by B.B. Pelletier
Every year the NRA holds its general membership meeting in a different major U.S. city to allow a portion of their 4 million members to attend. A trade-show exhibit is held in conjunction with these meetings to allow manufacturers of guns and related products to showcase their wares to the public. Admission is free to NRA members, and non-members can attend for a small fee. This year’s show was held in Phoenix.
While the space in the exhibit hall is only about one-fifth the size of the SHOT Show, the attendance is almost triple. I’m sure the NRA set a new record for attendance this year. The Phoenix Fire Marshall actually stopped people from entering the exhibit hall on Friday, the first day, because he felt the hall was over-crowded. They held things up for 45 minutes, all the while more people were walking in the front door to register. When they saw the situation was going to get worse, they opened the hall once more. And Friday wasn’t the busy day! On Saturday, a significantly larger crowd attended.
One super thing about this show is the airgun range. Anyone can buy a ticket to shoot a wide variety of airguns–both rifles and pistols–on this range. The range opens before the show does, so several hundred earlybirds can have some fun while they await the opening of the exhibit floor.
In the past, the NRA has concentrated on having 10-meter guns on the range, because that’s their major focus with airguns. But Pyramyd Air took over sponsorship of the range this year, and there were all sorts of different sporting airguns–including a couple big bores that were demonstrated periodically. All U.S. dealers were invited to attend and several actually did. You could have shot a Marauder or an FX Royale or gulp–the EDGE!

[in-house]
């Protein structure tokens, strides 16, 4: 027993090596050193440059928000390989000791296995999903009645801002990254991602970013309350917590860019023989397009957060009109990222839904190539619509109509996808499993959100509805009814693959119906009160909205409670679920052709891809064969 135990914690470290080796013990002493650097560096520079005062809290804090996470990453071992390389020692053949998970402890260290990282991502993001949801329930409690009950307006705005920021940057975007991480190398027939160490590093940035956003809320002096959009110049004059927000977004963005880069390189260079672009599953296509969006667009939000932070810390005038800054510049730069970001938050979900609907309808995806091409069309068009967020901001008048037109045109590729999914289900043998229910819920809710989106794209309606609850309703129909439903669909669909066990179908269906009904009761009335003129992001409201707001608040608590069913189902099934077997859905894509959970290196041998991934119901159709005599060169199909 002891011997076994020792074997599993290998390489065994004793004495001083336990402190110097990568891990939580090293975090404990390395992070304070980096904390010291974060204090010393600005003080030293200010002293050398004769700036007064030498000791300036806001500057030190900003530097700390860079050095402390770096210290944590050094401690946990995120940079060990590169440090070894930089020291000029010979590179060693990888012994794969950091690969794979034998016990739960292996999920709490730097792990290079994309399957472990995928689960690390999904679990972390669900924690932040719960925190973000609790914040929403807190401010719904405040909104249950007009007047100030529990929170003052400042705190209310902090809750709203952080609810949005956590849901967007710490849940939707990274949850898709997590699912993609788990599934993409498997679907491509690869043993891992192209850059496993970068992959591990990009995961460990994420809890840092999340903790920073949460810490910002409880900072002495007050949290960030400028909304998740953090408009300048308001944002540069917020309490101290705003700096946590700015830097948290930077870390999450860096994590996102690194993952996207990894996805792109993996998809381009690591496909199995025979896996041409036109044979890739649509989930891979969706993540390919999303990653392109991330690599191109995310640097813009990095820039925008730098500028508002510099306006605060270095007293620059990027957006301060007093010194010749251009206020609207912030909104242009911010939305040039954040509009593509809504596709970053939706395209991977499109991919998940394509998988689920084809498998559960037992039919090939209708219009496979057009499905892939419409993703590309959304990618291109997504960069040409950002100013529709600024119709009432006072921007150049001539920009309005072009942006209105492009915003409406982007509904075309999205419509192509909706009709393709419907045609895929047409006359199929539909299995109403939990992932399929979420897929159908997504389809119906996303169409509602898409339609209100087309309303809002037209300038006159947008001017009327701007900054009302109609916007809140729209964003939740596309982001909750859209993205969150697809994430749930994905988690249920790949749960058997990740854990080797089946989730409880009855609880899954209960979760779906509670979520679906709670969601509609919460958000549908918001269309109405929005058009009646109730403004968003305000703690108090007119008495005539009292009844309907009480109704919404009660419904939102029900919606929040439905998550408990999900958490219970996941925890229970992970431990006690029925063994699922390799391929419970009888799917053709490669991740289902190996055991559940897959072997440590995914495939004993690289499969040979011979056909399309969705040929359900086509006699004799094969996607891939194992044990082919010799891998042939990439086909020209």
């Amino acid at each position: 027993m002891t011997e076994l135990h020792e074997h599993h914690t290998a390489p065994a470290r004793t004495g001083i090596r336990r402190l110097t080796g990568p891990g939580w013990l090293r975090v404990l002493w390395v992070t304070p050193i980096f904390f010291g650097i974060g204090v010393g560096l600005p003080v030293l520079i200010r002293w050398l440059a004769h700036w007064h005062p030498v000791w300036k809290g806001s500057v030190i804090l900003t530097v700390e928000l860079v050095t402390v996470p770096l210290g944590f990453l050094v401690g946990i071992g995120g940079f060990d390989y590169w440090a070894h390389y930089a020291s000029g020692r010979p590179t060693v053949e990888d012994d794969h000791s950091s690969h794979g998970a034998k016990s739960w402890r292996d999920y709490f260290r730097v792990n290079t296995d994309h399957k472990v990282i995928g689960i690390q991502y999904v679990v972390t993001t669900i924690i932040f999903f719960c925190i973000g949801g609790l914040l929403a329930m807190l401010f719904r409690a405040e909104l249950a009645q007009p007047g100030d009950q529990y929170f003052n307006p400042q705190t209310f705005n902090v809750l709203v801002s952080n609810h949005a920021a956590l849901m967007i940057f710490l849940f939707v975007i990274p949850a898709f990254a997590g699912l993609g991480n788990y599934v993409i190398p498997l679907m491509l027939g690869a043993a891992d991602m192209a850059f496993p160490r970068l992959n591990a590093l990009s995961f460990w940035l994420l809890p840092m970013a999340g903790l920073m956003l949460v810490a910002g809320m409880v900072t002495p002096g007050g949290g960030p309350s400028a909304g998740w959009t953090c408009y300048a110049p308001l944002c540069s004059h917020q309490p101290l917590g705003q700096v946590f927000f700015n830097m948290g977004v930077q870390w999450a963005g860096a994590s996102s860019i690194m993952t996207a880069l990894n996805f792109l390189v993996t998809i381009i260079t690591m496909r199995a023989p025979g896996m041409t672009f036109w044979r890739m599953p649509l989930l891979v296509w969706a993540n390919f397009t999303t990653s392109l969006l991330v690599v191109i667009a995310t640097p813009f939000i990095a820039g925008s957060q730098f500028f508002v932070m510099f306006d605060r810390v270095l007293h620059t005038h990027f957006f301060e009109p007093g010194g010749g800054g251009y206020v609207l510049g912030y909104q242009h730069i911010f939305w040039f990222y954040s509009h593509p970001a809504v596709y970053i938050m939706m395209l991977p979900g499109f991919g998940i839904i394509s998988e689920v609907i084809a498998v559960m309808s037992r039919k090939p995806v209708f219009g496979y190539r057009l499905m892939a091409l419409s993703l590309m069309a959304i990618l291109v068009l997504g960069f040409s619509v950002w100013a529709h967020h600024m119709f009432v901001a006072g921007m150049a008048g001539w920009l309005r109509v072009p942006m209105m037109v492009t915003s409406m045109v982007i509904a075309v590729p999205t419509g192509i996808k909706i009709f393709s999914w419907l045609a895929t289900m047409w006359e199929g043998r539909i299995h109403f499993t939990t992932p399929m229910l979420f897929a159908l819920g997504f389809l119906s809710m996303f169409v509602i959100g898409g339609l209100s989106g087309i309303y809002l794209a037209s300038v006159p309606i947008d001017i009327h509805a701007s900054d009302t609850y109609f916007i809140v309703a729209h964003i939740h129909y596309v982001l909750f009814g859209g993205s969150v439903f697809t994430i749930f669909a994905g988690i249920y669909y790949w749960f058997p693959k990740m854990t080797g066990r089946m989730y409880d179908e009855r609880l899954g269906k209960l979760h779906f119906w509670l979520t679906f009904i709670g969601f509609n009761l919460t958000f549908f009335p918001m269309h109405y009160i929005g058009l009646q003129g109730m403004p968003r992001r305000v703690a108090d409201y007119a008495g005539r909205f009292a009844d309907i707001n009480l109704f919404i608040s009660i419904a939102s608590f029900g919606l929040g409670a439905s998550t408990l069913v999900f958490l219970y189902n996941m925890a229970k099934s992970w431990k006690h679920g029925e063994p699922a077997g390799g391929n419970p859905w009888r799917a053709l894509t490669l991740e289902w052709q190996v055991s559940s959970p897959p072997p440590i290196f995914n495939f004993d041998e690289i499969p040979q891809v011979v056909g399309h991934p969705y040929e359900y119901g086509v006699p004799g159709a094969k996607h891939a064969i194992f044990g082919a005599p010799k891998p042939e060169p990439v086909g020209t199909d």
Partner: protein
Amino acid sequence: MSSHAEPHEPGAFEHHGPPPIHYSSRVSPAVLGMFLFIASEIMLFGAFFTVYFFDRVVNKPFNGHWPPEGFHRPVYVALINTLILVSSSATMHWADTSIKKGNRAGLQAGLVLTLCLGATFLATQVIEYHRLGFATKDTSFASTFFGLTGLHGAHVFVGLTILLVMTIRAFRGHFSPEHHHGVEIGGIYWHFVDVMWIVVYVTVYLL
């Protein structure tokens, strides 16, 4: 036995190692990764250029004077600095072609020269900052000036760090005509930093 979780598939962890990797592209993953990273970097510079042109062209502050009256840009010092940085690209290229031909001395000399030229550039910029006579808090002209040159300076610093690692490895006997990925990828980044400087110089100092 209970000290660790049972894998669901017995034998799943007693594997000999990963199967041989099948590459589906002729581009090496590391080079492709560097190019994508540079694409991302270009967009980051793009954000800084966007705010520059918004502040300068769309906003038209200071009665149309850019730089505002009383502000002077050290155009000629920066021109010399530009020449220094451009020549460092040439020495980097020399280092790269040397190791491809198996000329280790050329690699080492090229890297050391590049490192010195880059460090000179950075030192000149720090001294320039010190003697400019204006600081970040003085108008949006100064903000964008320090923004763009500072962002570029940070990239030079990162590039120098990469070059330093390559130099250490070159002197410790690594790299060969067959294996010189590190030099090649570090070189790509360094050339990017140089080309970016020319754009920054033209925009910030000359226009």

I spent a lot of time at the airgun range, because that’s where I can see the public’s reaction to airguns. This year, there was a special experience in store. I saw a blind man shoot a 10-meter target! Yes, the NRA has long had a special program that reaches out to disabled shooters, and there aren’t many disabilities they cannot overcome. Vanessa Warner is the NRA manager of Disabled Shooting Services, and she was on the range helping people learn to use the special equipment her group makes available around the country. While I was there, she helped a shooter whose aneurism had caused stroke-like symptoms.
And they didn’t limit the age of the shooters. One young fellow couldn’t have been more than five, yet he shot everything he wanted, which included the Edge, a Gamo Big Cat and a Talon.
At noon, 2 PM and 4 PM every day of the show, Chris Lieb of Pyramyd Air demonstrated a Dragon Slayer to the public. The range was cold and all eyes were on him as he explained about the .50 caliber rifle. To demonstrate the gun’s power, he blew up an apple and a 2×4 downrange. Chris passed around a .50 “pellet” for everyone to examine.
The exhibit floor was set up similar to the SHOT Show, only the booths were much smaller. I made it to all the airgun exhibitors and to a lot of accessory exhibitors, as well. Hopefully, there will be one or possibly two new lines of optics coming to Pyramyd Air soon, and the features on them are unlike any you’ve seen thus far.
I bought several exciting things at the show that Pyramyd Air doesn’t stock (but I wish they did!). Maybe I’ll show them to you next week–if you like.
The show ended on Sunday after, what I feel, must have been a record turnout. While riding on the Phoenix Light Rail, I listened to the conversations of folks who didn’t attend the show and heard some heartwarming comments in support of gun ownership. Of course, this was in Arizona, which is still a free state.
Many of those who attended were carrying weapons, and not all were concealed. The buzz of the show was the action taken by Montana’s governor, who defied the federal government on gun ownership on May 7. Basically, all federal laws were declared null and void for guns, silencers and ammunition made in Montana and sold and used there. There is talk that if the feds intervene, Montana may vote to secede from the union. Texas is primed to follow for this reason as well as some others. So the anti-gun movement may now come to realize how the citizens of this country feel about their actions.